Three St. John women recently returned from the experience of their lives — and probably the experience of the lives of the other 2,000 women with whom they spent the weekend.
Karen Radke, Catherine Fahy and Jessica Severance each walked 60 miles in Washington D.C. October 9 through 11, as part of the Susan G. Komen For the Cure 3Day event to raise money for breast caner research.
The St. John women were joined by Radke’s sister Susan and friend Ellen Walker. Their group alone has raised more than $20,000 so far.
“Raising $20,000 was our goal,” said Radke. “But when we left St. John to go up to D.C. we were at around $19,000. We were at a restaurant in D.C. the night before the event and someone pulled out their iPhone to check and we were over $20,000.”
The ladies expect their total amount raised to be even higher that, Radke added.
“We have four weeks to close out the donation account and we still have donations that aren’t accounted for,” she said. “I’m just amazed that we raised so much. I thought it would be difficult in this economy, but people were more generous than ever.”
Right from the emotional opening ceremony on the first day of the event, participants never forgot the importance of their efforts.
“They have an opening ceremony on the first day and for us it was at the National’s baseball stadium,” said Radke. “They wait for sunrise and then the ceremony starts and there is a circle of nine survivors who come up on stage and they’re honored and then join the walk.”
Over three days the participants log 60 miles, putting the most mileage under their feet the second day. While these events are hosted all over the country, the D.C. path could be the most scenic.
“The first day we walked in D.C. proper all the way to American University,” said Radke. “We walked past the Capital, the Smithsonian and Dupont Circle. It was just a beautiful location.”
With 20 miles behind them, the ladies joined the other 2,000 walkers at the camp site, Radke explained.
“It’s just this sea of pink tents,” she said. “There is a dinning area and there is entertainment and activities for people. But us in our 50s, we just go to bed after walking all those miles.”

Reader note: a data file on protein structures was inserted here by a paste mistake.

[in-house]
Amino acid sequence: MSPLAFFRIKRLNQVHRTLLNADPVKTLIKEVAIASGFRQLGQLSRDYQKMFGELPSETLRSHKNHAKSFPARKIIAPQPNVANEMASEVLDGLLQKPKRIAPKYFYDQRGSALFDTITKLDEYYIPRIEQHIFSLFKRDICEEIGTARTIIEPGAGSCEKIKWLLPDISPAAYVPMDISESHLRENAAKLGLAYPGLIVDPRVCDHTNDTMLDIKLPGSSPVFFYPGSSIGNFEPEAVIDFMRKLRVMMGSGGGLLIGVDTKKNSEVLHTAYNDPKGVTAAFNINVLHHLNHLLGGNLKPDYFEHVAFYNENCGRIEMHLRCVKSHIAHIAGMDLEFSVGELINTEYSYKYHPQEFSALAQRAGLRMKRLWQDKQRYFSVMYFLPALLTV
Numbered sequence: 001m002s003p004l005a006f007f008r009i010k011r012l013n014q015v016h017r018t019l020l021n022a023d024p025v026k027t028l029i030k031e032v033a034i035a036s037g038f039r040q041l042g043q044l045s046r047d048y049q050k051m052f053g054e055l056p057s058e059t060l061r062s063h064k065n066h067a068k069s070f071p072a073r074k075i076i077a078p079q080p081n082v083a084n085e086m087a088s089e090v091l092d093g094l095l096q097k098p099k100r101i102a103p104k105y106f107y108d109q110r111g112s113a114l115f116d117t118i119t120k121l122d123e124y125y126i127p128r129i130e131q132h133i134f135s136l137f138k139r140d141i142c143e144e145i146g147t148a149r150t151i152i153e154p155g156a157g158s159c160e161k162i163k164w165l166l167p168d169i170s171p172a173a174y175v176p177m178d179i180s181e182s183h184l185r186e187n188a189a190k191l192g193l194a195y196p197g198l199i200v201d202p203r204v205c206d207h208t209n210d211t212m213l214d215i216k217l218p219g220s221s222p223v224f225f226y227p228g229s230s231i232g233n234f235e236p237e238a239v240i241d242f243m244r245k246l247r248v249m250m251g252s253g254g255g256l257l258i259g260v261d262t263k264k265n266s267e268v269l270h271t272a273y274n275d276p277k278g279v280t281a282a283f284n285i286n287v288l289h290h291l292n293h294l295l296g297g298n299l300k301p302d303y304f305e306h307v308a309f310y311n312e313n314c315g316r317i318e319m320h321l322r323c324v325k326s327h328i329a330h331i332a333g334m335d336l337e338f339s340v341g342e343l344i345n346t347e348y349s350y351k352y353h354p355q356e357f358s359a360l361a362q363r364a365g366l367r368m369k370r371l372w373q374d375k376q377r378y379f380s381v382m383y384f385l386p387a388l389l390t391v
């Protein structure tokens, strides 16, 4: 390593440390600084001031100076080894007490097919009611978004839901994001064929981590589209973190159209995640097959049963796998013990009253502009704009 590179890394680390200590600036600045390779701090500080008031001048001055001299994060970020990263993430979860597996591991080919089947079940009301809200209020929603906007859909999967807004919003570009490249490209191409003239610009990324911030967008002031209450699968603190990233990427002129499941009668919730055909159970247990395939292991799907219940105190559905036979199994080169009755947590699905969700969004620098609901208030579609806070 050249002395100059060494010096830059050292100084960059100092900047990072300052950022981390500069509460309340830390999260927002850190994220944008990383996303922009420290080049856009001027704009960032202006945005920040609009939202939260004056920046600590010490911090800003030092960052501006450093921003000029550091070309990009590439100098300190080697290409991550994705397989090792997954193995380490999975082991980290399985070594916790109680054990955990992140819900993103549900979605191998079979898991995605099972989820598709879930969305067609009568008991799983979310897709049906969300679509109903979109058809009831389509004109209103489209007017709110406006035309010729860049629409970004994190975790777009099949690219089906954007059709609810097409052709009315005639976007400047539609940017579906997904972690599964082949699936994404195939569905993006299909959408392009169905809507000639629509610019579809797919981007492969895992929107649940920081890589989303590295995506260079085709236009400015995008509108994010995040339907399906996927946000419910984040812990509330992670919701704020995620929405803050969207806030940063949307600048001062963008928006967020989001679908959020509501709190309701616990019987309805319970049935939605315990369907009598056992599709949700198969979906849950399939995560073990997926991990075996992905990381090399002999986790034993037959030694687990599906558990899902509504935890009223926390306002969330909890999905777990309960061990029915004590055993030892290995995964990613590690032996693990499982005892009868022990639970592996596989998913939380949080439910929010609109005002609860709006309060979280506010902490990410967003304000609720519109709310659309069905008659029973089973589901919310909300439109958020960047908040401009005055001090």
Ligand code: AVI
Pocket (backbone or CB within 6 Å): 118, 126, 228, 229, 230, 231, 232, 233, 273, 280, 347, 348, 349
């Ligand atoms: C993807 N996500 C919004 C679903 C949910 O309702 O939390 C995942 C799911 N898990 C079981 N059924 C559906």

The second day of the walk is the weekend’s longest course with 22.5 miles. During that grueling day, walkers got extra encouragement, according to Radke.
“We were in the Bethesda area and we pretty much did a big circle in a neighborhood area,” she said. “That was great because there was a lot of community involvement. There were kids high-fiving you and people sitting on their lawns cheering you on.”
Finishing up the second day of walking was the most emotional experience Fahy felt during the event, she explained.
“The best part was on that second day when we walked more than 22 miles,” said Fahy. “I was coming into camp and it was probably about 4 p.m. and I was just exhausted. There must have been about 100 people there cheering us in and I just started crying.”
“The whole staff was out there and they were cheering and clapping and screaming for you,” Fahy said. “It was just amazing.”
On the final day of the walk, participants wound their way over 17 miles back into D.C. With the Lincoln Memorial as a backdrop, the emotional closing ceremony reminded participants why they hit the pavement for three straight days.
“The closing ceremony was unbelievable and I was on stage,” said Radke. “There are flag bearers who carry flags in honor of someone and I was carrying a flag for my aunt. There were 12 people with flags and for me the most emotional one was a woman who was honoring the future and had her two-year-old granddaughter walk on stage.”
“She represented the future and she was just adorable,” said Radke. “It was amazing.”
This was Radke’s second 3Day walk, but it won’t be her last. She’s already registered to participate in one next year as well.
“Just remembering the past experience makes me want to go back every year,” she said. “I got involved in the first place because I was looking for some kind of athletic thing to do. I thought it was a great way to go for a walk and raise money for a very worthy cause.”
“The feeling of accomplishment is unbelievable,” Radke said. “The feeling you get when you’re sitting there with thousands of other people who just raised millions of dollars by asking for it — for saying please help us find a cure for breast cancer — is incredible.”
Fahy registered for the walk after hearing Radke’s experience, she explained.
“I signed up because Karen said it was the experience of her lifetime and I was really attracted to that,” said Fahy. “We raised so much money and so much awareness, it was really amazing.”
Severance signed up for the walk in order to reach a personal goal, she explained.
“I wanted to do something positive this year,” said Severance. “I wanted to do something to help others and I happened to run into Karen and heard about the walk and thought it would be perfect.”
The walk was about more than just raising funds to fight breast cancer, explained Severance.
“If they find a cure for breast cancer, that means they are that much closer to finding cures to other cancers too, so for me it wasn’t just about breast cancer,” said Severance.
Each year the need to raise funds and find a cure becomes a bigger priority for Radke, she explained.
“It becomes more real to me every year because you come into contact with so many people who are suffering or fighting breast cancer,” Radke said. “That keeps me walking. Until we find a cure we have to continue to raise as much money as we can possibly can.”
In total, the Washington, D.C. 3Day event raised more than $7 million for the Susan G. Komen for the Cure, which is dedicated to finding a cure for breast cancer.